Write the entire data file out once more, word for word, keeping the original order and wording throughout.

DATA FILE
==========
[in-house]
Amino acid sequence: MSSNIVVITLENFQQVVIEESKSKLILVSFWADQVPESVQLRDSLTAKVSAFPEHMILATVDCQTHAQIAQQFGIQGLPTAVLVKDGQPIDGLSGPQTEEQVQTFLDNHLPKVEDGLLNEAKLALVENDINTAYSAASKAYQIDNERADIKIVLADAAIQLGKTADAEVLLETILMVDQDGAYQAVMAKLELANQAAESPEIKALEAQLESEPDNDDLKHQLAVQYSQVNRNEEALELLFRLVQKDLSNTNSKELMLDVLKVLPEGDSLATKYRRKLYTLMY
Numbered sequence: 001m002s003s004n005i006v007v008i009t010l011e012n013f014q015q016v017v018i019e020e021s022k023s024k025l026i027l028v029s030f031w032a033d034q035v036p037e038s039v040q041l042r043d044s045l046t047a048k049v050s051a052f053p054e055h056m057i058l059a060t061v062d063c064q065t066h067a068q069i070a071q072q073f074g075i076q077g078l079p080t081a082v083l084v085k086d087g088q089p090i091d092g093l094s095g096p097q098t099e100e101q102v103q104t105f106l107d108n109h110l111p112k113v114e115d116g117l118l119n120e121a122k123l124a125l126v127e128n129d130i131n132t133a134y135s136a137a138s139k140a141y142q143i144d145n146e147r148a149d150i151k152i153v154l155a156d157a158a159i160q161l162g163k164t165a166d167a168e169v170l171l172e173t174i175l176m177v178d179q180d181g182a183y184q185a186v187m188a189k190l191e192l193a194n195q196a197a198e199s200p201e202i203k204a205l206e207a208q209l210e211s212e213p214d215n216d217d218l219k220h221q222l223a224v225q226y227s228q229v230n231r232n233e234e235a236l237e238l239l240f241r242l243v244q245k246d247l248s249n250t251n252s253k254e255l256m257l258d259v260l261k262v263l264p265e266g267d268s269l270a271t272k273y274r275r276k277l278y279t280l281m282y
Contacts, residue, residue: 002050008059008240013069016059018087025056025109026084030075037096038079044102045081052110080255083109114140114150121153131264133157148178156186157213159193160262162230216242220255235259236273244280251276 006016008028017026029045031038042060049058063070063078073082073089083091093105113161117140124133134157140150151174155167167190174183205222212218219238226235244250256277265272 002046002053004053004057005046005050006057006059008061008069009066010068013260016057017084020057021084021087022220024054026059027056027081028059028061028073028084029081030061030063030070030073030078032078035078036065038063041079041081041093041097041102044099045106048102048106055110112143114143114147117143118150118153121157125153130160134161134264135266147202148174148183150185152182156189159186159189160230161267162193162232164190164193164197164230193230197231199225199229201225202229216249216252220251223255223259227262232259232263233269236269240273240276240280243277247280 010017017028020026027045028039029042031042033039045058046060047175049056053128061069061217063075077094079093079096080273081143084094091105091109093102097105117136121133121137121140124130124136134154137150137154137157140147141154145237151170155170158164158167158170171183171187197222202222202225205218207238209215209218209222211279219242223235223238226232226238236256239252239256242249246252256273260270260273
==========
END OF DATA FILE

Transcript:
[in-house]
Amino acid sequence: MSSNIVVITLENFQQVVIEESKSKLILVSFWADQVPESVQLRDSLTAKVSAFPEHMILATVDCQTHAQIAQQFGIQGLPTAVLVKDGQPIDGLSGPQTEEQVQTFLDNHLPKVEDGLLNEAKLALVENDINTAYSAASKAYQIDNERADIKIVLADAAIQLGKTADAEVLLETILMVDQDGAYQAVMAKLELANQAAESPEIKALEAQLESEPDNDDLKHQLAVQYSQVNRNEEALELLFRLVQKDLSNTNSKELMLDVLKVLPEGDSLATKYRRKLYTLMY
Numbered sequence: 001m002s003s004n005i006v007v008i009t010l011e012n013f014q015q016v017v018i019e020e021s022k023s024k025l026i027l028v029s030f031w032a033d034q035v036p037e038s039v040q041l042r043d044s045l046t047a048k049v050s051a052f053p054e055h056m057i058l059a060t061v062d063c064q065t066h067a068q069i070a071q072q073f074g075i076q077g078l079p080t081a082v083l084v085k086d087g088q089p090i091d092g093l094s095g096p097q098t099e100e101q102v103q104t105f106l107d108n109h110l111p112k113v114e115d116g117l118l119n120e121a122k123l124a125l126v127e128n129d130i131n132t133a134y135s136a137a138s139k140a141y142q143i144d145n146e147r148a149d150i151k152i153v154l155a156d157a158a159i160q161l162g163k164t165a166d167a168e169v170l171l172e173t174i175l176m177v178d179q180d181g182a183y184q185a186v187m188a189k190l191e192l193a194n195q196a197a198e199s200p201e202i203k204a205l206e207a208q209l210e211s212e213p214d215n216d217d218l219k220h221q222l223a224v225q226y227s228q229v230n231r232n233e234e235a236l237e238l239l240f241r242l243v244q245k246d247l248s249n250t251n252s253k254e255l256m257l258d259v260l261k262v263l264p265e266g267d268s269l270a271t272k273y274r275r276k277l278y279t280l281m282y
Contacts, residue, residue: 002050008059008240013069016059018087025056025109026084030075037096038079044102045081052110080255083109114140114150121153131264133157148178156186157213159193160262162230216242220255235259236273244280251276 006016008028017026029045031038042060049058063070063078073082073089083091093105113161117140124133134157140150151174155167167190174183205222212218219238226235244250256277265272 002046002053004053004057005046005050006057006059008061008069009066010068013260016057017084020057021084021087022220024054026059027056027081028059028061028073028084029081030061030063030070030073030078032078035078036065038063041079041081041093041097041102044099045106048102048106055110112143114143114147117143118150118153121157125153130160134161134264135266147202148174148183150185152182156189159186159189160230161267162193162232164190164193164197164230193230197231199225199229201225202229216249216252220251223255223259227262232259232263233269236269240273240276240280243277247280 010017017028020026027045028039029042031042033039045058046060047175049056053128061069061217063075077094079093079096080273081143084094091105091109093102097105117136121133121137121140124130124136134154137150137154137157140147141154145237151170155170158164158167158170171183171187197222202222202225205218207238209215209218209222211279219242223235223238226232226238236256239252239256242249246252256273260270260273